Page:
With the 1,000th anniversary of the Battle of Clontarf (fought on 23rd April 1013) fast approaching, family short-breaks to explore Viking history will be topical next year. Neil Steedman visited the Viking world of Harald Bluetooth in Roskilde and of Beowolf at Lejre in Zealand, East Denmark – and met real-life Barelegs Vikings from Downpatrick, Co Down, in Frederikssund!
Danish tourism bodies are keen to work with Irish tour operators and travel agents to develop packages to the many Viking sites and attractions spread throughout Zealand in East Denmark, so I recently visited to experience some of what is on offer.
Whenever the subject of Vikings arose in Ireland, Dr Patrick Wallace, who retired from the post of Director of the National Museum of Ireland in February 2012, could be relied on to assert that Vikings did NOT wear horns on their helmets. I quickly discovered that tourism representatives in East Denmark are even more passionate about correcting this particular myth – for one thing horns on helmets would have got tangled in or cut the ropes of warships or taken out the eye of the person sitting alongside! (The myth could well have been created by the Irish wishing to ‘demonise’ the Viking raiders.)
Viking Ship Museum
After a day and night in wonderful Copenhagen, I took a 45-minute train ride to Roskilde, a capital of Viking Denmark in Zealand and burial place of king Harald Bluetooth, where I helped row and sail a Viking ship out of the Museum Harbour – an exhilarating option available to all visitors. (In case you are wondering, the modern-day Bluetooth logo is a rune combining the runes for Hagall and Bjarkan, King Harald 1 of Denmark’s initials.)
The Viking Ship Museum displays the remains of five Skuldelev ships that were found on the bottom of Roskilde Fjord in 1962 and which took 25 years to restore. They include the Skuldelev 2, a 30 x 3.8m warship built near Dublin around 1042. A reconstruction built by the museum of this ship, the Sea Stallion of Glendalough, was sailed to Dublin in 2007 and I watched the impressive sight of trainees rowing this ship back into harbour.
King Bluetooth’s alleged burial place, Roskilde Cathedral, was built in the 12th and 13th centuries on the site of a wooden church built by Bluetooth in the 10th century. It was Scandinavia’s first Gothic cathedral to be built of brick – and thus encouraged the spread of this style throughout northern Europe.
The cathedral, one of Denmark’s six UNESCO World Heritage Sites, has been the mausoleum of the Danish royal family since the 15th century, and porches and side chapels were added up to the end of the 19th century, thus providing a clear overview of the development of European religious architecture.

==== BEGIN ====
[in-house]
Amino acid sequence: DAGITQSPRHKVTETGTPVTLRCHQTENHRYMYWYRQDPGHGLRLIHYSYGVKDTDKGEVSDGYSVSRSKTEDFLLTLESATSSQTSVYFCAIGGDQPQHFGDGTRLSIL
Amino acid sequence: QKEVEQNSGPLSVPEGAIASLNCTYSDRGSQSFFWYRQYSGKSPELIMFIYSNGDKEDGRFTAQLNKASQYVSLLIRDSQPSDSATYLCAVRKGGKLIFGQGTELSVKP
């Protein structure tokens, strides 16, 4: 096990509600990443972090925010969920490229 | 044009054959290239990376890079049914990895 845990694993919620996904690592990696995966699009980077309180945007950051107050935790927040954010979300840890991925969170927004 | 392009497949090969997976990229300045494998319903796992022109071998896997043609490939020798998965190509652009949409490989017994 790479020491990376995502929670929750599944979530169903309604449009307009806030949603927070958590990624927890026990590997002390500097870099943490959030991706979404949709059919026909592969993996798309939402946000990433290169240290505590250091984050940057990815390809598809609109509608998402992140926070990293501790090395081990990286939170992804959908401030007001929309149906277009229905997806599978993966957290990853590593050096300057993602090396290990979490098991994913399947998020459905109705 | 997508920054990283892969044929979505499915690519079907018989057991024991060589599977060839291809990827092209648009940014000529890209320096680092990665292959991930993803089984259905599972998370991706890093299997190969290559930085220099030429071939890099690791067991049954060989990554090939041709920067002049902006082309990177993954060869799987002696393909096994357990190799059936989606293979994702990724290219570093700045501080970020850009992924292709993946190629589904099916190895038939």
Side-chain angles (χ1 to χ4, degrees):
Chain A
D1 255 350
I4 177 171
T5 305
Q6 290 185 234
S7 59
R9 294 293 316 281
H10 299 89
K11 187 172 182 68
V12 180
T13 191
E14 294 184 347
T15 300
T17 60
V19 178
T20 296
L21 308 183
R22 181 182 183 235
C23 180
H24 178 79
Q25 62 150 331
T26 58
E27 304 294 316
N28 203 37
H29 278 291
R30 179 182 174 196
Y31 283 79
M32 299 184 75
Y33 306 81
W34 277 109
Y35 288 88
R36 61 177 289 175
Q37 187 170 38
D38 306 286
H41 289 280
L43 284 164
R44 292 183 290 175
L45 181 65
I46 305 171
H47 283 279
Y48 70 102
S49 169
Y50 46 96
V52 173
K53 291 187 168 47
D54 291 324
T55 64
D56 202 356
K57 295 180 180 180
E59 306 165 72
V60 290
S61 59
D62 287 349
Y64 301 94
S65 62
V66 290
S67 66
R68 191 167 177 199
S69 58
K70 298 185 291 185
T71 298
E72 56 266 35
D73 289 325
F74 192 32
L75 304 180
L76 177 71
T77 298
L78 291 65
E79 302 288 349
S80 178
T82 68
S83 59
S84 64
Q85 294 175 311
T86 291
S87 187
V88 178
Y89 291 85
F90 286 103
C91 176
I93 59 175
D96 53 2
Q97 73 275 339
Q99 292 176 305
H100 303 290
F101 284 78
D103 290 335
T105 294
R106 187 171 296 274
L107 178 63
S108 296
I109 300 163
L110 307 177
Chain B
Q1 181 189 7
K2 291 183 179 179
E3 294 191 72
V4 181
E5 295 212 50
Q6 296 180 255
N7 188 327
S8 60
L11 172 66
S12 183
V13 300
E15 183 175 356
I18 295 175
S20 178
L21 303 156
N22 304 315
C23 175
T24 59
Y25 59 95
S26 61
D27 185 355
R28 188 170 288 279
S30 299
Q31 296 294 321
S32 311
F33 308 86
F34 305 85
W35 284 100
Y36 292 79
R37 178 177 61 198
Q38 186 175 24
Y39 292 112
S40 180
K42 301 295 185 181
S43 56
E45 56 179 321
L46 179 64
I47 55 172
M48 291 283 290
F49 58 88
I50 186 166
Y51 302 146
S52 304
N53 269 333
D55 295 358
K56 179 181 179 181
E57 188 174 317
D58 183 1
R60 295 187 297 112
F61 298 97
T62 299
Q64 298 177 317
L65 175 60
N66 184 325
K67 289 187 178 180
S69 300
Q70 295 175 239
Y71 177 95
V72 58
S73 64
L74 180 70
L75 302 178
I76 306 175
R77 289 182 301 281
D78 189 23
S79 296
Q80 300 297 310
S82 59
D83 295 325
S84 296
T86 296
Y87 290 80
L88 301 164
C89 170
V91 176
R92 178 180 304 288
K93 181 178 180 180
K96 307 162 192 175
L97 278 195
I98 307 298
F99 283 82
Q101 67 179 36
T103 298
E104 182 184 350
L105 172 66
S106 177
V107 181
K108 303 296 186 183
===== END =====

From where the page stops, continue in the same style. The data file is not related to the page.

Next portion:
The royal burial tradition lives on and Saint Birgitta’s Chapel is currently being excavated (the archeological dig can be seen from the left aisle) in preparation for housing the future sepulchral monument for the present royal couple, Queen Margrethe 2 and the Prince Consort. A model of the glass sarcophagus that the artist Bjørn Nørgaard is working on is displayed beside the chapel.
Land of Legends, Lejre
Roskilde Museum is one of the largest local historical museums in Denmark and includes Lejre Museum, 10km to the south-west. Lejre was the royal seat in Denmark around 500 – 1000 AD, as evidenced by the close-by monumental burial mounds, stone ships and kings halls, and is alluded to by events in the epic poem of Beowulf.
Nearby, and an hourly shuttle bus from Lejre Station, is the 4-star attraction Land of Legends, a 43-hectare open-air park where young and old can visit reconstructions of a Stone Age camp, an Iron Age village, a Viking market and 19th-century farm cottages. In midsummer they can also be an archaeologist for a day, sail in a dugout boat, feed wild boar, experience archery, and take part in ancient warrior training.
From 21st June until 14th July a ‘real life’ Viking settlement takes shape some 20km north of Roskilde at Frederikssund, where hundreds of Viking enthusiasts from all over Europe come to present the Frederikssund Vikingespil theatre, festival and market.
This year they include eight members of the Magnus Barelegs Viking group based in Downpatrick, Co Antrim, who met Frederikssund Vikings on their annual visits to Annagassan, Co Louth, where a 200-hectare Viking fort and settlement was discovered two or three years ago.
The play this year is the Viking love story Hagbard & Signe. I didn’t see the play, but I was shown around the ‘settlement’ by actor Jesper Wittenburg, who plays Says, Earl of Fjord Country, and who certainly looks the part!
How to Get There
I flew SAS Go from Dublin to Copenhagen with Blue1 and returned SAS Plus with Scandinavian Airlines. From Copenhagen to Roskilde is a 45-minute train ride. A cOPENhagen Card includes use of public transport free of charge throughout Greater Copenhagen.
Where to Stay
In Copenhagen’s city centre lake district, close to Metro, S-train and busses, the 4-star Hotel Kong Arthur (www.kongarthur.dk) offers a carbon-neutral / CO2-neutral environment and free high-speed Internet in every room.
In Roskilde town centre, the historic Hotel Prindsen (www.hotelprindsen.dk) is a short walk away from the palace, cathedral and museum, and is another CO2-neutral hotel.